Onboarding begins when your new hire walks in the door for day one of employment at your business.
For context, preboarding is the period that begins once an offer is extended, accepted, and runs from that point until the new employee joins.
In September of 2021, we asked experts across the globe to weigh in with their tips.
While we shared them throughout the month, this article captures all their tips; enjoy.
Amanda Maddox, Growth Development and Programs Manager, shared the following advice:
“Connect new hires as opposed to focusing exclusively on training, certifications, and connecting with leaders/SMEs. Some of the best conversations (and new-to-organization ideas) come from learning huddles!“
Sapna Sulaya, Partner – the Middle East and India, suggested an agile approach to your onboarding:
“I have to admit it is not a comfortable experience for L&D teams, especially if they are not open to new ways of doing things. For starters, I would suggest taking a few principles of Agile, including:
1) Think in terms of critical activity for new joiners as a milestone rather than fitting a set program within a timeline. A significant mindset shift in agile is not having a start and finish but WIP concept. ( I think most people hate this ..LOL)
2) Learning is based on just-in-time and just-enough interventions rather than instructor-led feasts of knowledge
3) Frequent inter-team conversations called “Sprint” (stand-up meetings aiming to prioritize workstream, tweaking the process along the way) There are no checklists in agile only backlogs to be cleared. Another thing which people hate.”
Spencer Grover, Senior Product Marketing Manager at LevelJump.io, shared:
“For sales training, start with the outcome you’re trying to get, then work backward. What do your reps need to do differently to get the result you want? What training/coaching do you need to do to teach them how to do that new behavior? What do your reps need to know to do that new behavior to achieve that outcome?
Once you have those three, you’ll get a much better sense of what training you need and what it will do.
(Plus if it worked)“
“Get ahead of the forgetting curve by ensuring sales leaders have a crib sheet to spend a couple of minutes talking to their sellers about the sales training they received just a few days ago. The perfect time to do this is at the daily stand-up each sales manager has with their team – and you ARE having daily stand-ups with your team, aren’t you..?“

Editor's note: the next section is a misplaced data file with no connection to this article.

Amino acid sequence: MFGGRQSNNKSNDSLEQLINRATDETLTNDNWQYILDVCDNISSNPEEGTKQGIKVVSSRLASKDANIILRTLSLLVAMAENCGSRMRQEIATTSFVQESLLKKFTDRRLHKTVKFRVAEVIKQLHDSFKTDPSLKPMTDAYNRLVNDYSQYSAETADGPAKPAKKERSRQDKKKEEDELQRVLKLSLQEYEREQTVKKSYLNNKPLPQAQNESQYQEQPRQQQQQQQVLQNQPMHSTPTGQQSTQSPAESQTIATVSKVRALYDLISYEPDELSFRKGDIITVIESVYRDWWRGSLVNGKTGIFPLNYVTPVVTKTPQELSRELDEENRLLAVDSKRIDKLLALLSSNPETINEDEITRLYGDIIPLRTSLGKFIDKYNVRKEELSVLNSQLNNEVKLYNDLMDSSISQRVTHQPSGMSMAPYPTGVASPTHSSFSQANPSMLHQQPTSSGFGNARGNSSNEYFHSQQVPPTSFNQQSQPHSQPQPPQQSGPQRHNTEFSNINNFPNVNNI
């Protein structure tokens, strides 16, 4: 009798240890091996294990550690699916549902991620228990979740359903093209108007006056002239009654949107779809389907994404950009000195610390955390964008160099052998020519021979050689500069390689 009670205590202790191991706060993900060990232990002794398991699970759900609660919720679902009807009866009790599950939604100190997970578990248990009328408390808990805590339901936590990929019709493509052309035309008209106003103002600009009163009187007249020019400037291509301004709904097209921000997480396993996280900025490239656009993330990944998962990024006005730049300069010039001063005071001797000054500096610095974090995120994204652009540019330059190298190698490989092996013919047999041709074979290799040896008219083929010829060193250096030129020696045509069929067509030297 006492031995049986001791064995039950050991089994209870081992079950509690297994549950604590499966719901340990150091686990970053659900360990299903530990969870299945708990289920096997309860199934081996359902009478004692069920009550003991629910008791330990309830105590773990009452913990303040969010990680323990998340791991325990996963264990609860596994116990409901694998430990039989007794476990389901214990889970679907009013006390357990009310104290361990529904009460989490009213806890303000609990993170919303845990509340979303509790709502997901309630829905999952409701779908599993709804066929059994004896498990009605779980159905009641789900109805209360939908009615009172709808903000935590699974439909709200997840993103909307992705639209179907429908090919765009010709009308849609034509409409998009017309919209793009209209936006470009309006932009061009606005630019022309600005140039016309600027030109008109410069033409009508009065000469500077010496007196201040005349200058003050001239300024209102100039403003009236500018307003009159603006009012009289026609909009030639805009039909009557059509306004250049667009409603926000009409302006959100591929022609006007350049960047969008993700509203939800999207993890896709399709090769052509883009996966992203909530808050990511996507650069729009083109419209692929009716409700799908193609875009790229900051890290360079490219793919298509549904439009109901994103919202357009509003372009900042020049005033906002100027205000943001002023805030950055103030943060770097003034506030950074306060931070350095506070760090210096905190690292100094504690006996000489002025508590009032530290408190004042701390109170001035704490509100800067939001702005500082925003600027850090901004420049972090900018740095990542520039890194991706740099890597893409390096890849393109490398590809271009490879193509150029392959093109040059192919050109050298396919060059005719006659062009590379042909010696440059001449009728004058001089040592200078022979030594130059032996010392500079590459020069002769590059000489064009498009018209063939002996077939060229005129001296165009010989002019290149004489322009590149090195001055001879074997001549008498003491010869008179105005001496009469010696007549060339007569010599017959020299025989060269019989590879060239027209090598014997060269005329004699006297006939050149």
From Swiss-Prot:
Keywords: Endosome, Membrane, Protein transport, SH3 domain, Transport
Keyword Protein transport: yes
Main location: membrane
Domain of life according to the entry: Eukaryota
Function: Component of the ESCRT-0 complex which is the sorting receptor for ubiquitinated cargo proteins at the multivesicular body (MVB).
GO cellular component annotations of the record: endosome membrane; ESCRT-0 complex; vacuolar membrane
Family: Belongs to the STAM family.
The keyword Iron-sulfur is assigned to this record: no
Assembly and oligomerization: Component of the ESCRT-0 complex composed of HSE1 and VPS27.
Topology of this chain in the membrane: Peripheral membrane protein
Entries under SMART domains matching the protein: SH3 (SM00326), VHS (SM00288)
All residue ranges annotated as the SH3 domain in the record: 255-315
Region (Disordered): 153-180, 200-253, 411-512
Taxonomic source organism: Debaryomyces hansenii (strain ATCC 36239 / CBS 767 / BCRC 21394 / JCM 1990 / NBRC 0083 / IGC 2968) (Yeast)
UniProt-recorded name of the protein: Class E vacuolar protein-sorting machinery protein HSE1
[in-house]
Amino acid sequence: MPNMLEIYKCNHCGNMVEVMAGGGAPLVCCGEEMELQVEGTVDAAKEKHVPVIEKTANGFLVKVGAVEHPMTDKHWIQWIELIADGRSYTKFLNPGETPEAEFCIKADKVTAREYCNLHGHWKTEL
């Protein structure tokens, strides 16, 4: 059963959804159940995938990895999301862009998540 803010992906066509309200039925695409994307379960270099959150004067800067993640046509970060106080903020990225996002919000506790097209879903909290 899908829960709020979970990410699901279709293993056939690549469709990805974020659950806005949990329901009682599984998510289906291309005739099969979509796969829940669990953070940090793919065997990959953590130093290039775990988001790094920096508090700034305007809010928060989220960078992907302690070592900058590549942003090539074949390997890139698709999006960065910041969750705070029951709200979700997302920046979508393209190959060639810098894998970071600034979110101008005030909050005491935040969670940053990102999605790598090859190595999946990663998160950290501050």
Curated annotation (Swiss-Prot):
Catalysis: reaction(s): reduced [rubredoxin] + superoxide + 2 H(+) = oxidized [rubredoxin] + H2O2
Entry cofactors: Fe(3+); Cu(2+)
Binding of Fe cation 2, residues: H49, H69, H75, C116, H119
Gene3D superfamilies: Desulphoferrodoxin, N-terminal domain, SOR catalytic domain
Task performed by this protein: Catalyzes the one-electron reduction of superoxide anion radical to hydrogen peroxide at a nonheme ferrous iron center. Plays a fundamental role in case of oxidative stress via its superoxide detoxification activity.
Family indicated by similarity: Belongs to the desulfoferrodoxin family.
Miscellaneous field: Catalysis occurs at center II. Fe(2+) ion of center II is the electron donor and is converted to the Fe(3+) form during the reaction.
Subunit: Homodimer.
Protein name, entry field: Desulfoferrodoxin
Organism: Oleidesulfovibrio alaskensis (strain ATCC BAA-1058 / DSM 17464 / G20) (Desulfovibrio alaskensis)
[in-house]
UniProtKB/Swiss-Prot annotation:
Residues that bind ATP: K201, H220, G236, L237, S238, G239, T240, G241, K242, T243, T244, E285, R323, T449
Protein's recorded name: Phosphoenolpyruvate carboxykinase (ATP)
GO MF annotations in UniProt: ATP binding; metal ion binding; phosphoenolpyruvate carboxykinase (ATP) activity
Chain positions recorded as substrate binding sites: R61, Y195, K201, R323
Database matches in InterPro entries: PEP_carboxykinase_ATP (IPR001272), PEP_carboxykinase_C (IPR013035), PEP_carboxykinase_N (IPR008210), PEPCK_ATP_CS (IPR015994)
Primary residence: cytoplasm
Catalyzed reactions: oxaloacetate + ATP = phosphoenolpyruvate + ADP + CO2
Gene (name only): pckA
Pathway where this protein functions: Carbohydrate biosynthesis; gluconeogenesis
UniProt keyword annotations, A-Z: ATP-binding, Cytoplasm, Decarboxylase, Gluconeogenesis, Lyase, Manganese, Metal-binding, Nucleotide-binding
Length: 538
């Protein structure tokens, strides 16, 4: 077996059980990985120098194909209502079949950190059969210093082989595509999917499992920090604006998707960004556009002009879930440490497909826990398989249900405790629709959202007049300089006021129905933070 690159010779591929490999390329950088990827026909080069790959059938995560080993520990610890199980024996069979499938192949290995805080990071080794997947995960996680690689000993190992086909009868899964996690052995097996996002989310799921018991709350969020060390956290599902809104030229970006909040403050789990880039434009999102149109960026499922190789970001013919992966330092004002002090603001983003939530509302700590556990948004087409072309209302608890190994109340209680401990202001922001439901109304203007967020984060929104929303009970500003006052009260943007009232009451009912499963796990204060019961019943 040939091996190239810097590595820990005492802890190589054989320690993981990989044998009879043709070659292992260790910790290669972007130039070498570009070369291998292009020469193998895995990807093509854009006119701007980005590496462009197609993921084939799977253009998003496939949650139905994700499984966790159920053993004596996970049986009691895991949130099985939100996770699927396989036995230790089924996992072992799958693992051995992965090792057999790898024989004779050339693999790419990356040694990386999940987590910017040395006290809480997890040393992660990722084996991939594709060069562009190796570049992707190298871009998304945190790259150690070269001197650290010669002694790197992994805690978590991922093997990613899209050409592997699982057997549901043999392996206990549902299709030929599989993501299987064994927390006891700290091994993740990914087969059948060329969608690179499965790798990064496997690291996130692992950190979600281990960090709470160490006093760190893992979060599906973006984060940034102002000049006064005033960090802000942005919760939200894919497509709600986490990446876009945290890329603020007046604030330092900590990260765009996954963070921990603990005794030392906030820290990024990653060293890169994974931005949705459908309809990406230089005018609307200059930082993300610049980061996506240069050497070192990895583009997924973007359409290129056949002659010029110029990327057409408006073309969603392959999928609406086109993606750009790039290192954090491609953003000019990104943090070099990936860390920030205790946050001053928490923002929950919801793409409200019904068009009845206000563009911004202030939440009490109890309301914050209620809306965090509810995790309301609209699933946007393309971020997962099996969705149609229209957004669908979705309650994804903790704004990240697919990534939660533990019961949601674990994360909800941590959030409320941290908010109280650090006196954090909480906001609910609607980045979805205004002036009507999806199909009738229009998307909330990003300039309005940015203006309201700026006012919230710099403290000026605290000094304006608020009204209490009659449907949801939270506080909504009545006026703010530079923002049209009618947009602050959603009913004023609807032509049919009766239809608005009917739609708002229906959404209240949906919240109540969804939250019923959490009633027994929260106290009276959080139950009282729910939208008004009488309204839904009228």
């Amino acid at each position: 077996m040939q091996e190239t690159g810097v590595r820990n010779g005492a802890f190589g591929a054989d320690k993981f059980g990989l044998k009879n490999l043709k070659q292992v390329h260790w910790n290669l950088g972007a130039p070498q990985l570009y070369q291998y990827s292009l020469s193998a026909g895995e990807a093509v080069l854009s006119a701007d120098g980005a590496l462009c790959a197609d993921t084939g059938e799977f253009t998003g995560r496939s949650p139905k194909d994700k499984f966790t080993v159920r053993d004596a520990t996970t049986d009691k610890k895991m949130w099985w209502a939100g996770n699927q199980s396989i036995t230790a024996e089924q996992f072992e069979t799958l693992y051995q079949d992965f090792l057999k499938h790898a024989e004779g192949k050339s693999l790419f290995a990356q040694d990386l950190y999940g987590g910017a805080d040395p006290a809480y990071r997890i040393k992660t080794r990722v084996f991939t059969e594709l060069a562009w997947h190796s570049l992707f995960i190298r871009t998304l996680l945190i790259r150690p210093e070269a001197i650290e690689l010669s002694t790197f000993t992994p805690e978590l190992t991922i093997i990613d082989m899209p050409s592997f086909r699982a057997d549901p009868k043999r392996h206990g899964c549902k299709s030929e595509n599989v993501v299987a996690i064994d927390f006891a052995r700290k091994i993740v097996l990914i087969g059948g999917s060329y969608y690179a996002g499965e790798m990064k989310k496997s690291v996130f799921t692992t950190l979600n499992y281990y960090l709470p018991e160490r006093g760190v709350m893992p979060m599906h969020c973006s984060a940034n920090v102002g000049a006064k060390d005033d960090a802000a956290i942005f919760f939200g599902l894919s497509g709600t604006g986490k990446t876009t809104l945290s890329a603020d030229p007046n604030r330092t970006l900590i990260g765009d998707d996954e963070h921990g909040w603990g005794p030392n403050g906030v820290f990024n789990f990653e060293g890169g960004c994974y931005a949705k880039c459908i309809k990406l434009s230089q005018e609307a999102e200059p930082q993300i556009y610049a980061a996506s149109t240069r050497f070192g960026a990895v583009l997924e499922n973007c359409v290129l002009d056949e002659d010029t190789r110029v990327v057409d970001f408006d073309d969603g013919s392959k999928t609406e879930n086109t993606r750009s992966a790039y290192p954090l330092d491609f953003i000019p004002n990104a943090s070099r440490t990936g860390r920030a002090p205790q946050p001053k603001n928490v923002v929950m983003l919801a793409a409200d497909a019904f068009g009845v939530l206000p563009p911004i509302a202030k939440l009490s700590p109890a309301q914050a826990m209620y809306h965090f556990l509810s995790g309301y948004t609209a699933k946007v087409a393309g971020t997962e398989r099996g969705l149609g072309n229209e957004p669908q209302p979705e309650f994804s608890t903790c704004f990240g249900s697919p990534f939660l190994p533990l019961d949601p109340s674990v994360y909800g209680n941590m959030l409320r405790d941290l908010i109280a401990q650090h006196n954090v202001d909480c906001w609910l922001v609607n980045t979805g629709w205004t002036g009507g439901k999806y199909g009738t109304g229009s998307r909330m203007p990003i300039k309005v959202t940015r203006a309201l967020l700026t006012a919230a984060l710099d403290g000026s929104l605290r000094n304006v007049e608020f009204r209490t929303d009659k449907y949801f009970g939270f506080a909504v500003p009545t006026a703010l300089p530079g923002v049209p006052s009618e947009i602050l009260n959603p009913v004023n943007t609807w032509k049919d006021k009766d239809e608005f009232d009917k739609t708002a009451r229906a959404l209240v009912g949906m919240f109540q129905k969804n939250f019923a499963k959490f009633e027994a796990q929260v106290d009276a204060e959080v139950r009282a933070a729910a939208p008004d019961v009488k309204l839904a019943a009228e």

Dave Nel brings our thinking back to preboarding:
“Onboarding doesn’t start on your first day of work; it starts from your very first interview. Your new starter is exposed to the business culture, the language you use, and how the business thinks right from this first interaction.
What is the onboarding you do before day 1?“
Pooja Kumar sat with Michael Teoh, the Founder of Thriving Talents, a company that consults and trains youth talents in organizations and universities to succeed in life and work. They chatted about how to engage and onboard a Millennial sales force and start them off on the right way in your organization.
Rob Durant, Founder, Flywheel Results, shared his take:
“Most sales training onboarding consists of 2 themes: our product (what we sell) and our sales tech stack (how we process sales).
GREAT programs cover four things: product and tech stack, AND best-in-class communication skills, and best-in-class sales skills.
“But we hire them for their sales skills!”
But who can’t improve? And formally teaching best-in-class ensures the team is on the same page, allowing for new best practices to surface faster and become adopted by everyone.“
The community, led by Dave Nel with input from many others, dove back into preboarding, noting that your new starter is being exposed to the business culture, the language you use, and the way the company thinks right from this first interaction.
Here are our ten+ tips for things to do for preboarding:
- Your job spec must clearly state the sales philosophy of the business and how you as an organization learn.